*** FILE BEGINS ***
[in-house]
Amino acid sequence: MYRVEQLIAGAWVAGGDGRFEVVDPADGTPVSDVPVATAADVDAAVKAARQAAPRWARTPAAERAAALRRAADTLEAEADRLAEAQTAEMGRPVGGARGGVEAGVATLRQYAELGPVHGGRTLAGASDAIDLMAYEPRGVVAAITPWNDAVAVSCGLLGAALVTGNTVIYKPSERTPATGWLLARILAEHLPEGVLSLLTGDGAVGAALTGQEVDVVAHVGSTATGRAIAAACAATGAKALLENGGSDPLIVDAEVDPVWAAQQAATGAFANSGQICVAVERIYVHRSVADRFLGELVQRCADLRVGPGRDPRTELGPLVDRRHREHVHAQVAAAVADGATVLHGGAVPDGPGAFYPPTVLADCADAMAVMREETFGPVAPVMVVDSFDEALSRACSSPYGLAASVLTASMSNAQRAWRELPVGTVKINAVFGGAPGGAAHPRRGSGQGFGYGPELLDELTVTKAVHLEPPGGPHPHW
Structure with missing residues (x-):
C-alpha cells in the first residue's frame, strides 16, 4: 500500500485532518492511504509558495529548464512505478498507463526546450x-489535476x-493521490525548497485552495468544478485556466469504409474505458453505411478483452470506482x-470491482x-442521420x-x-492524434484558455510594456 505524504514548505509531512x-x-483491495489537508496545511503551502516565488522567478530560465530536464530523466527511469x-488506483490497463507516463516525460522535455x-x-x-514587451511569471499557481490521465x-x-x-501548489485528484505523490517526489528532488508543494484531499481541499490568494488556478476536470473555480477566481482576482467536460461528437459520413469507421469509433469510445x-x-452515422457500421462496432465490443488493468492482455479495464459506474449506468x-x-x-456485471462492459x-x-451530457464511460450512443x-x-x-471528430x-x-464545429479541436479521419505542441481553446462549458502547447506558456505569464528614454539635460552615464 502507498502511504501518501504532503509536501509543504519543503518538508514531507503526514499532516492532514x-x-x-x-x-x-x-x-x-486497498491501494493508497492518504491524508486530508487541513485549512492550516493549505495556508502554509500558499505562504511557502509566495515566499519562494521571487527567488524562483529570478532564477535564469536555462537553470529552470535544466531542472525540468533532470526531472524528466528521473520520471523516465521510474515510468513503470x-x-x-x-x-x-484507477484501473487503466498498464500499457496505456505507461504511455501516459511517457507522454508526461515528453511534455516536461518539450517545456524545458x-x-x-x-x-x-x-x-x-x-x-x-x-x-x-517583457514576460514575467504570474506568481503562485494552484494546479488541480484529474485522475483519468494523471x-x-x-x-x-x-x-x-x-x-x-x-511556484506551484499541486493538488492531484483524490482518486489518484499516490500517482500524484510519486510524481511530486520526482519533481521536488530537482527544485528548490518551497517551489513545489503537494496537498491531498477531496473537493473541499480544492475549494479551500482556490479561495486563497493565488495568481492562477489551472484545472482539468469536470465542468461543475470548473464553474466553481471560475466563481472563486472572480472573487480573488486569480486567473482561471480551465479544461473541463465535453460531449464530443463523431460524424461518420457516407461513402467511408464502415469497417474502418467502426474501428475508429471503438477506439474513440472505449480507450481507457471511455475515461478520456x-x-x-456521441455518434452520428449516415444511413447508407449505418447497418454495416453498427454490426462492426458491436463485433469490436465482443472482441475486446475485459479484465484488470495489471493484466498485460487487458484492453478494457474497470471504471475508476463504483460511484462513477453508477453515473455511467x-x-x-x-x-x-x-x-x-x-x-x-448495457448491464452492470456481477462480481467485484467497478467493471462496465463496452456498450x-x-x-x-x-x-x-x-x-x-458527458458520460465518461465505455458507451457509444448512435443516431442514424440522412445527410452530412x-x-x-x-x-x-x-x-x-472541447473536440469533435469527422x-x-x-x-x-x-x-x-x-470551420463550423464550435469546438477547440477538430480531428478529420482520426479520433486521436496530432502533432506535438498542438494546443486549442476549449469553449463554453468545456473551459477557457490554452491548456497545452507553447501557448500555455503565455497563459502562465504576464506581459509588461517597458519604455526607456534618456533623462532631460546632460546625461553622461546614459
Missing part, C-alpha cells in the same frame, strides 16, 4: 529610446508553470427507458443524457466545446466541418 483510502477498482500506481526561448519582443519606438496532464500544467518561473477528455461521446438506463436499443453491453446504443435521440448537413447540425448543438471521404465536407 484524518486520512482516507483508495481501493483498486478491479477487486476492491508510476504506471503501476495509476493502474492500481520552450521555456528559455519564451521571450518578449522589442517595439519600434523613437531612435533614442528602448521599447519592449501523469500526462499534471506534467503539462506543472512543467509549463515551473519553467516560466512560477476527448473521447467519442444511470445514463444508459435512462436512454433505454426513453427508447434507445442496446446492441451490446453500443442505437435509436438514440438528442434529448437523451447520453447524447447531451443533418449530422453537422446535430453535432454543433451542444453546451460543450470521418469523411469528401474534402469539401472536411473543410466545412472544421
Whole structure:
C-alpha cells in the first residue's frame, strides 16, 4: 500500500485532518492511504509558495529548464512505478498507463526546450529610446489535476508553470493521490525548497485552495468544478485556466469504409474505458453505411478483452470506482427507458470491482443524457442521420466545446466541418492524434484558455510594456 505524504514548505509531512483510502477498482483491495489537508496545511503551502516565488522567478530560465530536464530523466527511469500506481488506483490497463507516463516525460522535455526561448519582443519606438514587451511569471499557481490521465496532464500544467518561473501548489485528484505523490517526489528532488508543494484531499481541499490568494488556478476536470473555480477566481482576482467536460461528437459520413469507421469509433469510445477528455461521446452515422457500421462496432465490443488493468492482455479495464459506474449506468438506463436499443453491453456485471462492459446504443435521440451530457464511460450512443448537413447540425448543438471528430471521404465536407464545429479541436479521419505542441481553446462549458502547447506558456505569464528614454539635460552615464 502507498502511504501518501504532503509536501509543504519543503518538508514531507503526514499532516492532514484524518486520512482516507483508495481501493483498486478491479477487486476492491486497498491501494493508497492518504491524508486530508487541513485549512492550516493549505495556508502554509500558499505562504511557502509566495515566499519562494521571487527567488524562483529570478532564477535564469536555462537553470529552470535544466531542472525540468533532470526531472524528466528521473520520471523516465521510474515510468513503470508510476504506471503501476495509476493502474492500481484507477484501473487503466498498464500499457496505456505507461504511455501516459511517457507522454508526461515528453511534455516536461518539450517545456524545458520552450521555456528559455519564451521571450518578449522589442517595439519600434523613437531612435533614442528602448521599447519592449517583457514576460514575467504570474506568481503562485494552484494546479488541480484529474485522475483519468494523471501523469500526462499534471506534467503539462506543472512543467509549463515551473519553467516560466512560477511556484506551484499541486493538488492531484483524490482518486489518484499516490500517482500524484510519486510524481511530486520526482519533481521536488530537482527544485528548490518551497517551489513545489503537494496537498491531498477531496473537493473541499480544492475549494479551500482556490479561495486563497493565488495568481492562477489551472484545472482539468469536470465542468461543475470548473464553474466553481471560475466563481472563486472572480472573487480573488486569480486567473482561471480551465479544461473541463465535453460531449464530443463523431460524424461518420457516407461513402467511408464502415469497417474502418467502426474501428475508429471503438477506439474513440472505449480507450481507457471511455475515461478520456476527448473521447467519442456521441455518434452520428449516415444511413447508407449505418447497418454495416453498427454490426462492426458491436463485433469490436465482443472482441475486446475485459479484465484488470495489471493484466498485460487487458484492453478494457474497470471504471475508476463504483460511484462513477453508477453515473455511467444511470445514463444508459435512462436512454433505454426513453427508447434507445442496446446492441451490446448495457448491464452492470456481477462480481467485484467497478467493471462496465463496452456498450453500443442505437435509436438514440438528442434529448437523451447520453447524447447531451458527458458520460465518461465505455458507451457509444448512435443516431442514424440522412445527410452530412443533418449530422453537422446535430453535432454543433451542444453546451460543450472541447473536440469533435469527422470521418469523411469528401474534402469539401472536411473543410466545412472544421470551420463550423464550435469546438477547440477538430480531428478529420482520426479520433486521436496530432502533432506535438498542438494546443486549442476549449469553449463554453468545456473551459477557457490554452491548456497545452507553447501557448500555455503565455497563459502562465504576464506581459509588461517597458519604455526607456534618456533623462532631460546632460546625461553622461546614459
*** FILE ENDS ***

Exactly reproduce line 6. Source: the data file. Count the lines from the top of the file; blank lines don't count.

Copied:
Whole structure: